As such, it's no secret that governments and companies alike want to curb the freedom of the web, and the recent plans from the US, France, and the UK are only the beginning. More and more of our freedoms will be taken away, but the web is already fighting back. Anonymous struck back hard against companies and organisations messing with WikiLeaks, and the more aggressive governments and companies get in this war, the better organised and more vicious the web's responses will become.

I've said it before, and I'll say it again: there is a war brewing. At stake are not resources, or land, or prestige - no, at stake is the very freedom so many of our ancestors have fought for. In fact, people all over the world are still fighting for the kind of freedoms the US, France, and the UK want to take away from us.

It's the freedom to express yourself, in whatever way, shape, or form. Whether you want to post a cute video of a kitten, write a scathing critique of local government policy in a small town in Connecticut, or instigate an uprising to overthrow an oppressive regime - the internet is what makes it possible. Without the internet, or with a curbed and censored internet, the world is simply a hell of a lot less free.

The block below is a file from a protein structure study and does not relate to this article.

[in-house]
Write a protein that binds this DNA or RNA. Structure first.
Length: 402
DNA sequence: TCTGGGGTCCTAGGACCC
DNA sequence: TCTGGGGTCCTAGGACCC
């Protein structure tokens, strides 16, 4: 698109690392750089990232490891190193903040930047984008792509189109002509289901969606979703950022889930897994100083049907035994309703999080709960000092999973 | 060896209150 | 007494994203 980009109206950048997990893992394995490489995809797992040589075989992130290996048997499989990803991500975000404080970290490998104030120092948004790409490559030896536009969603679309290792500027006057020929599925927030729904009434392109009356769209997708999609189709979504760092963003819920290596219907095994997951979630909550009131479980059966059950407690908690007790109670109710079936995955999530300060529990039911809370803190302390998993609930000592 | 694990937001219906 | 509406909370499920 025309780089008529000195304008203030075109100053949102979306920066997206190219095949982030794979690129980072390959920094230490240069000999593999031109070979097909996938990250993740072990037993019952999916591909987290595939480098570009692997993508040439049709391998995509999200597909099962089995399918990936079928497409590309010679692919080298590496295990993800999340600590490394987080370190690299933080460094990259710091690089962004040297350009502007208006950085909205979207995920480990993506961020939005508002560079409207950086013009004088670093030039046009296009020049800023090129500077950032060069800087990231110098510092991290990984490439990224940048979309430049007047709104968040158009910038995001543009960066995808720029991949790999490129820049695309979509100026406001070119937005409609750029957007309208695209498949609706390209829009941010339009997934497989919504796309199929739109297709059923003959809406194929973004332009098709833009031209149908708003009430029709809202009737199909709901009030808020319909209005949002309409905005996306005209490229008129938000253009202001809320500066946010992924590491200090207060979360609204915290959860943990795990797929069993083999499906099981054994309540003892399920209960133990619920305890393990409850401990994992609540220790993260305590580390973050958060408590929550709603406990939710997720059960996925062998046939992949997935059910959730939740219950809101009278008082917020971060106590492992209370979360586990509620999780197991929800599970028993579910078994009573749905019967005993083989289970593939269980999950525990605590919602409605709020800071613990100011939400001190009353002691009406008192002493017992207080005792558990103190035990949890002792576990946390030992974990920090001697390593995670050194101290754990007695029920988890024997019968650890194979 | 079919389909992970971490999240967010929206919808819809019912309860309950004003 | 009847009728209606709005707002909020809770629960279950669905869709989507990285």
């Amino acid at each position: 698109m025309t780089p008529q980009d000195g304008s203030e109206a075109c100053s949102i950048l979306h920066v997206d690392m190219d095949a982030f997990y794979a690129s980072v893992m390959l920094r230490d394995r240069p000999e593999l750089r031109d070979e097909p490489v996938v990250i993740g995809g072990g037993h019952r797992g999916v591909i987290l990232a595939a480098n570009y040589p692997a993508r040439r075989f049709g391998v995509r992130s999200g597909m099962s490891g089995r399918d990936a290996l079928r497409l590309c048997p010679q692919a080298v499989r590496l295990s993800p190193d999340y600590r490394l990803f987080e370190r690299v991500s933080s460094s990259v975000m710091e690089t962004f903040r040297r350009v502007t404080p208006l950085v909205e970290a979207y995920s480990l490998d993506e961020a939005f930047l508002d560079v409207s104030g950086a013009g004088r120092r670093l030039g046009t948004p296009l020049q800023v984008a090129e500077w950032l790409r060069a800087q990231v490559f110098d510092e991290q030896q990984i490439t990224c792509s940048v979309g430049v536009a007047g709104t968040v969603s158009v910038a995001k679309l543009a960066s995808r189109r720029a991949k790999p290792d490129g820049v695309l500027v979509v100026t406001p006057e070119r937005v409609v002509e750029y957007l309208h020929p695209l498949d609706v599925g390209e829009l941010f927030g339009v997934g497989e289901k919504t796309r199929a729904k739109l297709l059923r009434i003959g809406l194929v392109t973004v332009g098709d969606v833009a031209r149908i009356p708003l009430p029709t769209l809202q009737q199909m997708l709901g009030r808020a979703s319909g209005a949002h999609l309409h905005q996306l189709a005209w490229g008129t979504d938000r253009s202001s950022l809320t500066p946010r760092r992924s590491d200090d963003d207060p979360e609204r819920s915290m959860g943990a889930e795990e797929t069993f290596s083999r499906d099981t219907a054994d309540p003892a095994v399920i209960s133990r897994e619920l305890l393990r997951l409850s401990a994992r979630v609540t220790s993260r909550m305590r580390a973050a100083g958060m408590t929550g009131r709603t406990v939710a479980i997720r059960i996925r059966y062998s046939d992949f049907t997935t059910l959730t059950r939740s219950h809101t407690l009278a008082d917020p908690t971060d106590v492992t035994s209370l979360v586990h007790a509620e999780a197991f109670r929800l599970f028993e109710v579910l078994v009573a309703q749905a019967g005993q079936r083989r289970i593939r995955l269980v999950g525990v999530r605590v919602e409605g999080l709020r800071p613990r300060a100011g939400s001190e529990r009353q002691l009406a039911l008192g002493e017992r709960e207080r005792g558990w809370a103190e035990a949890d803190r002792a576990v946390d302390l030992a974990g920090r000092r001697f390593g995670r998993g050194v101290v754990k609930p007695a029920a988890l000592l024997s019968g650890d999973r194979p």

We must not allow this to happen. The fact that The Netherlands, as the first traditionally western country (big props to Chile for being the first, but I don't count it as part of the west), has turned net neutrality into law is a step in the right direction, and a big slap in the face of the US, France, and the UK. The Netherlands is often seen as somewhat of a guiding light when it comes to matters that touch the very core of freedom and human rights (same-sex marriage, euthanasia, and so on), and I am hoping that like with those matters, other countries will soon follow in our footsteps.

So, no matter where you live, use your voice. Use your vote. Read the programmes of your political parties. Look at their internet chapters. We can't all be protesters or hackers, but we do all have a vote. As insignificant as a single vote may be, the outcome here in The Netherlands shows that it is possible.

The war has barely begun. Obama, Sarkozy, and Cameron have no idea how large the hornet's nest they're poking really is.

e p (23)    203 Comment(s)

Technology White Papers

See More